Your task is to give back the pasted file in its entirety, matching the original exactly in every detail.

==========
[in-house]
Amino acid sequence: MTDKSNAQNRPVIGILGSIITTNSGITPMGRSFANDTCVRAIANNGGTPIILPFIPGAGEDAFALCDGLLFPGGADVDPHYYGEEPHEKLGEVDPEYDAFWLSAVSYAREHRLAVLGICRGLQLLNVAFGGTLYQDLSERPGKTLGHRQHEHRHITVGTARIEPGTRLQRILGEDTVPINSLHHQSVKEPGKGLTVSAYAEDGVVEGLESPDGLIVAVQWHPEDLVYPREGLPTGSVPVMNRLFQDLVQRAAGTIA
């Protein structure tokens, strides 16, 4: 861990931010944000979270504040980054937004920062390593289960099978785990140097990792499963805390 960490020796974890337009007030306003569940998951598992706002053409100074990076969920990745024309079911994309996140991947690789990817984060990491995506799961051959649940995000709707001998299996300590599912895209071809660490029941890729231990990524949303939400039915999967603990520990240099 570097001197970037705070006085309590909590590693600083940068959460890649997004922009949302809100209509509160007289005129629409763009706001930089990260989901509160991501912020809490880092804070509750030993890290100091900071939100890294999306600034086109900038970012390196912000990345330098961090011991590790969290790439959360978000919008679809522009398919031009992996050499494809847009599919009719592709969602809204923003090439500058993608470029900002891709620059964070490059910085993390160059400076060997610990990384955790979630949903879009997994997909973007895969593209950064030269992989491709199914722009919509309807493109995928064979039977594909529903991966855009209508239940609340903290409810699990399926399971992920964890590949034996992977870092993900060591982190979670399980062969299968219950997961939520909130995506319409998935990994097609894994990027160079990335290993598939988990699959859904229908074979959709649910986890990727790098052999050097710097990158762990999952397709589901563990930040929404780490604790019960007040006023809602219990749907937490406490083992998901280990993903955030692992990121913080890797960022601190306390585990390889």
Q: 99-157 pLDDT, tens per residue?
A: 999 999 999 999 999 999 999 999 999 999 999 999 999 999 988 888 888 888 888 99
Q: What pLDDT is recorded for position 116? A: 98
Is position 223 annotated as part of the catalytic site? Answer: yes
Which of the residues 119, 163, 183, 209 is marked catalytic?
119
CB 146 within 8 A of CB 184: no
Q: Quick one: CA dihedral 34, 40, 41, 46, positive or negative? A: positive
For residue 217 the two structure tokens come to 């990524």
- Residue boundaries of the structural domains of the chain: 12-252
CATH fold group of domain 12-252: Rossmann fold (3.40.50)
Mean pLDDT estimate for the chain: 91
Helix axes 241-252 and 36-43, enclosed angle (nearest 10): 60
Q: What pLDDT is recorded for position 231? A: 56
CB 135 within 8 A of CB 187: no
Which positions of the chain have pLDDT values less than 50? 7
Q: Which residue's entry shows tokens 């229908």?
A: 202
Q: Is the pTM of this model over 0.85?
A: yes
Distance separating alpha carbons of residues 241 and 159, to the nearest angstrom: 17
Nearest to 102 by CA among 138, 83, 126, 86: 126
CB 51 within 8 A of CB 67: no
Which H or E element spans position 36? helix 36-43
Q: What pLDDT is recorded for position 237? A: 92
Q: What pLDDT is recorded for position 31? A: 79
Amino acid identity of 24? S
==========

[in-house]
Amino acid sequence: MTDKSNAQNRPVIGILGSIITTNSGITPMGRSFANDTCVRAIANNGGTPIILPFIPGAGEDAFALCDGLLFPGGADVDPHYYGEEPHEKLGEVDPEYDAFWLSAVSYAREHRLAVLGICRGLQLLNVAFGGTLYQDLSERPGKTLGHRQHEHRHITVGTARIEPGTRLQRILGEDTVPINSLHHQSVKEPGKGLTVSAYAEDGVVEGLESPDGLIVAVQWHPEDLVYPREGLPTGSVPVMNRLFQDLVQRAAGTIA
């Protein structure tokens, strides 16, 4: 861990931010944000979270504040980054937004920062390593289960099978785990140097990792499963805390 960490020796974890337009007030306003569940998951598992706002053409100074990076969920990745024309079911994309996140991947690789990817984060990491995506799961051959649940995000709707001998299996300590599912895209071809660490029941890729231990990524949303939400039915999967603990520990240099 570097001197970037705070006085309590909590590693600083940068959460890649997004922009949302809100209509509160007289005129629409763009706001930089990260989901509160991501912020809490880092804070509750030993890290100091900071939100890294999306600034086109900038970012390196912000990345330098961090011991590790969290790439959360978000919008679809522009398919031009992996050499494809847009599919009719592709969602809204923003090439500058993608470029900002891709620059964070490059910085993390160059400076060997610990990384955790979630949903879009997994997909973007895969593209950064030269992989491709199914722009919509309807493109995928064979039977594909529903991966855009209508239940609340903290409810699990399926399971992920964890590949034996992977870092993900060591982190979670399980062969299968219950997961939520909130995506319409998935990994097609894994990027160079990335290993598939988990699959859904229908074979959709649910986890990727790098052999050097710097990158762990999952397709589901563990930040929404780490604790019960007040006023809602219990749907937490406490083992998901280990993903955030692992990121913080890797960022601190306390585990390889």
Q: 99-157 pLDDT, tens per residue?
A: 999 999 999 999 999 999 999 999 999 999 999 999 999 999 988 888 888 888 888 99
Q: What pLDDT is recorded for position 116? A: 98
Is position 223 annotated as part of the catalytic site? Answer: yes
Which of the residues 119, 163, 183, 209 is marked catalytic?
119
CB 146 within 8 A of CB 184: no
Q: Quick one: CA dihedral 34, 40, 41, 46, positive or negative? A: positive
For residue 217 the two structure tokens come to 């990524």
- Residue boundaries of the structural domains of the chain: 12-252
CATH fold group of domain 12-252: Rossmann fold (3.40.50)
Mean pLDDT estimate for the chain: 91
Helix axes 241-252 and 36-43, enclosed angle (nearest 10): 60
Q: What pLDDT is recorded for position 231? A: 56
CB 135 within 8 A of CB 187: no
Which positions of the chain have pLDDT values less than 50? 7
Q: Which residue's entry shows tokens 């229908």?
A: 202
Q: Is the pTM of this model over 0.85?
A: yes
Distance separating alpha carbons of residues 241 and 159, to the nearest angstrom: 17
Nearest to 102 by CA among 138, 83, 126, 86: 126
CB 51 within 8 A of CB 67: no
Which H or E element spans position 36? helix 36-43
Q: What pLDDT is recorded for position 237? A: 92
Q: What pLDDT is recorded for position 31? A: 79
Amino acid identity of 24? S